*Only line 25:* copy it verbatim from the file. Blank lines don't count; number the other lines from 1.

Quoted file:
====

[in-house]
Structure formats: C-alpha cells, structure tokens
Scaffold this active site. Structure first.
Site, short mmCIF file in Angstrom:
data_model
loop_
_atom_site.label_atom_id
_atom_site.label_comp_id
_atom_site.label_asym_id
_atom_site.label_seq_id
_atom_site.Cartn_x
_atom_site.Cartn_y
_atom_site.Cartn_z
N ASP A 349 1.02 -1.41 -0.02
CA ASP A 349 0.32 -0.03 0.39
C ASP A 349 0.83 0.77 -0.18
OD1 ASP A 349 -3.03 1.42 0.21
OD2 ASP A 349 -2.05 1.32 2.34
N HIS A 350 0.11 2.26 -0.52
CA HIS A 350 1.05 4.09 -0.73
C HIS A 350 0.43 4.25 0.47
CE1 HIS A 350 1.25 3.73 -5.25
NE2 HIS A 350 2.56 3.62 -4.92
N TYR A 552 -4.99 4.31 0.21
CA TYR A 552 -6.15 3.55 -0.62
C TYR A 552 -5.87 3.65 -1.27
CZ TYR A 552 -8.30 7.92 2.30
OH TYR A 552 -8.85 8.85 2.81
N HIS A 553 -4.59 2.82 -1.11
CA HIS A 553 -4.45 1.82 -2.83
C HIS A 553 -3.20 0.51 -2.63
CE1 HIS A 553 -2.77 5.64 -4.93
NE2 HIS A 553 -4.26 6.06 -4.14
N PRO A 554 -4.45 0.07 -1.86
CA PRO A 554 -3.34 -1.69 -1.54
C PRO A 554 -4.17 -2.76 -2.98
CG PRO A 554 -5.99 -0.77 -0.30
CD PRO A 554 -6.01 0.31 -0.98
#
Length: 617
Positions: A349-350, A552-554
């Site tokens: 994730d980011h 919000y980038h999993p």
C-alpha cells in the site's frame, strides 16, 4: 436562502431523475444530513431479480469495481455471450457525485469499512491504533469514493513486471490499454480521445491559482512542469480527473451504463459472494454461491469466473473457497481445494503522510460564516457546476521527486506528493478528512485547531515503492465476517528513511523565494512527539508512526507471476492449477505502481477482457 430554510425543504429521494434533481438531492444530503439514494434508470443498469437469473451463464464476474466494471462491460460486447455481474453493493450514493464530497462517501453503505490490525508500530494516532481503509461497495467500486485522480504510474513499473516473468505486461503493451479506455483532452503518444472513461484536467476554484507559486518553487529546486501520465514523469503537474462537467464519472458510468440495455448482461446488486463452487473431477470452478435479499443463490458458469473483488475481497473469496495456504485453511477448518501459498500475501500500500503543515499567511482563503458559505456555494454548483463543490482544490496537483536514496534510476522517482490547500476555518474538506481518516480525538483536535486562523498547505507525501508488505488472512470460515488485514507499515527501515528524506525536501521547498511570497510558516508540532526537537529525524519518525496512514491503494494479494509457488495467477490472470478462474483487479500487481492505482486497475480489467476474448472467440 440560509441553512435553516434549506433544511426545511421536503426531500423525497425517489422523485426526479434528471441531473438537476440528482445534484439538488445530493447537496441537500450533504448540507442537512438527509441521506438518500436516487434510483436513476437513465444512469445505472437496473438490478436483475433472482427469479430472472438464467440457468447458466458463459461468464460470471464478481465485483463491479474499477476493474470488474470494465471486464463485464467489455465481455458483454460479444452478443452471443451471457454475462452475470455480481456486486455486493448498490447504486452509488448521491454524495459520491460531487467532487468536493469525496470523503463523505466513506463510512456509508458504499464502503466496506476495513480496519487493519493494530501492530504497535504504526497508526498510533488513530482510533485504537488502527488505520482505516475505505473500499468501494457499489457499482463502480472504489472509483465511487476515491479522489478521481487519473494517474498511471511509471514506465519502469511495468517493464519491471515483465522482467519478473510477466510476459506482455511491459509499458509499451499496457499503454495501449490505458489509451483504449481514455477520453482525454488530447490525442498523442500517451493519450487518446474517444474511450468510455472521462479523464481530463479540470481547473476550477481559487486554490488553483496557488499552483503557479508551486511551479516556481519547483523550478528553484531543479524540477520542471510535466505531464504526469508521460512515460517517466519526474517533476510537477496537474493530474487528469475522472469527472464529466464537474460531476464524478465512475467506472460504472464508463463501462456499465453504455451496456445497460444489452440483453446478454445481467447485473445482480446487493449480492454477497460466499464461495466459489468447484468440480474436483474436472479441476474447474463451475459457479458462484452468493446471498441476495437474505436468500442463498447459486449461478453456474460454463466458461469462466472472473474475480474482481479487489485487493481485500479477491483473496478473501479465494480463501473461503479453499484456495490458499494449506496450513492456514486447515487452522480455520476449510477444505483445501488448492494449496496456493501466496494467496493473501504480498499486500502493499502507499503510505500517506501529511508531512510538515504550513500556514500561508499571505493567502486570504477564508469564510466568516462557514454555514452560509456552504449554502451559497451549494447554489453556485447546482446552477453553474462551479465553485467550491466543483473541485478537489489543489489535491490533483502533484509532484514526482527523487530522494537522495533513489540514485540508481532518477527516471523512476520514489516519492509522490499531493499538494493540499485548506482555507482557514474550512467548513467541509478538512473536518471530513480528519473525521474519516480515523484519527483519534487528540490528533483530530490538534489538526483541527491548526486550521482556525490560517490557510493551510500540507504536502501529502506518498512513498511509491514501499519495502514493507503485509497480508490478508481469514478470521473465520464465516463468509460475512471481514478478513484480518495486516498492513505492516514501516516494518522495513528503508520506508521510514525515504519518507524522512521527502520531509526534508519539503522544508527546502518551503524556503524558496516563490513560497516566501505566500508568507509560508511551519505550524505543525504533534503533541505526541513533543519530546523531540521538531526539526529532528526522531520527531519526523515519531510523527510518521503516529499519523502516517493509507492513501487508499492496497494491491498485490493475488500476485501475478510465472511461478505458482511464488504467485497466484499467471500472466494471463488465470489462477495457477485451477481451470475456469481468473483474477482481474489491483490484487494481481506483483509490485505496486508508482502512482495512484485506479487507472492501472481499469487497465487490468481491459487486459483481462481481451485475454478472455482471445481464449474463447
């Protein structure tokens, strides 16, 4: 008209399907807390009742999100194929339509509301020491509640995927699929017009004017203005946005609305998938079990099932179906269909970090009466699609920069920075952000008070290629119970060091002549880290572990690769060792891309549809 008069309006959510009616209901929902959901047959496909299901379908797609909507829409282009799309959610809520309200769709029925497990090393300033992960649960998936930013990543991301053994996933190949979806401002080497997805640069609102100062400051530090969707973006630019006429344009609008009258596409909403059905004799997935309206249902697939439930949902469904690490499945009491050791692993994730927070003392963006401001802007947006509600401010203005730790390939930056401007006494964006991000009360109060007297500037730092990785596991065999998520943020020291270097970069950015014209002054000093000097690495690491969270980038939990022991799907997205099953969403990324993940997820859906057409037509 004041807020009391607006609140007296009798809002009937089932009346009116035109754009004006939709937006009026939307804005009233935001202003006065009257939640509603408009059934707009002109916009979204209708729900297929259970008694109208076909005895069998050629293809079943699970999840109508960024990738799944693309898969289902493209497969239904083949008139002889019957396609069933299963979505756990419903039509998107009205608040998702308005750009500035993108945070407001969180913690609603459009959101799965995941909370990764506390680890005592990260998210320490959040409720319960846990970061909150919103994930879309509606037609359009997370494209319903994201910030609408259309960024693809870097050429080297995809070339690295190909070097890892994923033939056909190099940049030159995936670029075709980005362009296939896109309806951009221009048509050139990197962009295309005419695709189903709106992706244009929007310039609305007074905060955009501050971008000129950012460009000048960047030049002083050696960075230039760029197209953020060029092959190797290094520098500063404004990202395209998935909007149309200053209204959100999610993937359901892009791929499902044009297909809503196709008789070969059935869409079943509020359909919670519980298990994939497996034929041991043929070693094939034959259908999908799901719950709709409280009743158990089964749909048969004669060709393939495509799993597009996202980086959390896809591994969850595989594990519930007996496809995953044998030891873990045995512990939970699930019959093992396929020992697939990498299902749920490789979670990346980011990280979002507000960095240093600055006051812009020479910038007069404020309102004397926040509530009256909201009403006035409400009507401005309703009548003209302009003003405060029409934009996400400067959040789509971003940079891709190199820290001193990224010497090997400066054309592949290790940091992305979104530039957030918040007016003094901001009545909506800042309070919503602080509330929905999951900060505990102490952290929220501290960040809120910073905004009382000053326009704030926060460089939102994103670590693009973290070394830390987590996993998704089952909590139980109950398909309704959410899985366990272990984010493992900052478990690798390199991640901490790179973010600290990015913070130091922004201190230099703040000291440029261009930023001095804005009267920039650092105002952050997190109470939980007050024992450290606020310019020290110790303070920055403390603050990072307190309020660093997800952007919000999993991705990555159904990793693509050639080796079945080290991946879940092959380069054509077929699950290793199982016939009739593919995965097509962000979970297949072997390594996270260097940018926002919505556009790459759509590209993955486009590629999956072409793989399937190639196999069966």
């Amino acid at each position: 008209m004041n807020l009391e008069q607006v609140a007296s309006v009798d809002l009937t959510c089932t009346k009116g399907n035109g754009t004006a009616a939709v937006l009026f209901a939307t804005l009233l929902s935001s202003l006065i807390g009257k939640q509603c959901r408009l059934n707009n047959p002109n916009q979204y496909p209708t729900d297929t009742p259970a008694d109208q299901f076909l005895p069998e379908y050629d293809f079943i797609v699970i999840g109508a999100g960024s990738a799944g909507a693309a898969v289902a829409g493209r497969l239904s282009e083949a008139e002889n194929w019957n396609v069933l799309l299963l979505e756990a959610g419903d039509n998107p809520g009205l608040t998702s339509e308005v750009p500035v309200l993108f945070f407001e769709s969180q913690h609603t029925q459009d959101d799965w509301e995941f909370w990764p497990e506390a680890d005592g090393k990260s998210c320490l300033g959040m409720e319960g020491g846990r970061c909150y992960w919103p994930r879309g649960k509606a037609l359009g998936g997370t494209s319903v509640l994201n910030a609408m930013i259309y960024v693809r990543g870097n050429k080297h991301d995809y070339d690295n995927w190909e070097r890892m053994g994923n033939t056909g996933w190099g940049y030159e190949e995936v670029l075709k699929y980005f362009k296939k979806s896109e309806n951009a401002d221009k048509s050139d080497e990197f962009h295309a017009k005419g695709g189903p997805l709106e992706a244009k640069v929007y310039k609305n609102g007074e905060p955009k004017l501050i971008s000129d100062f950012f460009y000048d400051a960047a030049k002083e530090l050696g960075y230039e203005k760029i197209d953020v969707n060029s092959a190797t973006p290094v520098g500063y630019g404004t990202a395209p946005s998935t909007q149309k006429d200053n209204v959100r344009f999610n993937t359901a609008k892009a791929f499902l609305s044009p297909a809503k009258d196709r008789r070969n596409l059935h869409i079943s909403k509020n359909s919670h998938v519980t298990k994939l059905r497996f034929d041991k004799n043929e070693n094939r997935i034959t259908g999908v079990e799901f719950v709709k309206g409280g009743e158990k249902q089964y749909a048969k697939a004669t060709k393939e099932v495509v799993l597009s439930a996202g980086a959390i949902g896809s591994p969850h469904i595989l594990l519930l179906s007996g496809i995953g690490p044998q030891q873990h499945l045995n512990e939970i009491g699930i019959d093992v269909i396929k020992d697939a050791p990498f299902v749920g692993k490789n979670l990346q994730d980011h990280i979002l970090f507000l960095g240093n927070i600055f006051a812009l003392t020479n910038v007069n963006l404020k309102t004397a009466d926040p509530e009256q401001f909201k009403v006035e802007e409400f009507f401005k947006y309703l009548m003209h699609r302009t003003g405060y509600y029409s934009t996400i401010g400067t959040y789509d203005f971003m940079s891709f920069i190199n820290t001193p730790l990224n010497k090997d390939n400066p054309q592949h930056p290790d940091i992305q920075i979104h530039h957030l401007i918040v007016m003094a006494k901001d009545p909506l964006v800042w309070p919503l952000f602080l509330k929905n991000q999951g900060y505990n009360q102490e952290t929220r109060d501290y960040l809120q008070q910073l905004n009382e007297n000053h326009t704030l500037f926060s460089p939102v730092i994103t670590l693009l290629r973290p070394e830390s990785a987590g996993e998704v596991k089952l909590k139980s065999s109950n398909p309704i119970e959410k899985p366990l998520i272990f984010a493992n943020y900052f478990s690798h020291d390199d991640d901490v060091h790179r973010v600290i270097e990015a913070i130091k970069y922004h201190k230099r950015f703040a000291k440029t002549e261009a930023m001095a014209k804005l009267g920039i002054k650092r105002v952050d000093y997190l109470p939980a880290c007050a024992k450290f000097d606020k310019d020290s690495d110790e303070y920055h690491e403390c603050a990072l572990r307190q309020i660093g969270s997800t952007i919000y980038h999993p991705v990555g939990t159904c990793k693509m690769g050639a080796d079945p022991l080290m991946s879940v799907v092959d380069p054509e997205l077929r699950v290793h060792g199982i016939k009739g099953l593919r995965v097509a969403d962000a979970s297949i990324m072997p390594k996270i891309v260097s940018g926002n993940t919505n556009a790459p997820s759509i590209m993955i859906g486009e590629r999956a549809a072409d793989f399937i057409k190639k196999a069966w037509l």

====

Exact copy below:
CA TYR A 552 -6.15 3.55 -0.62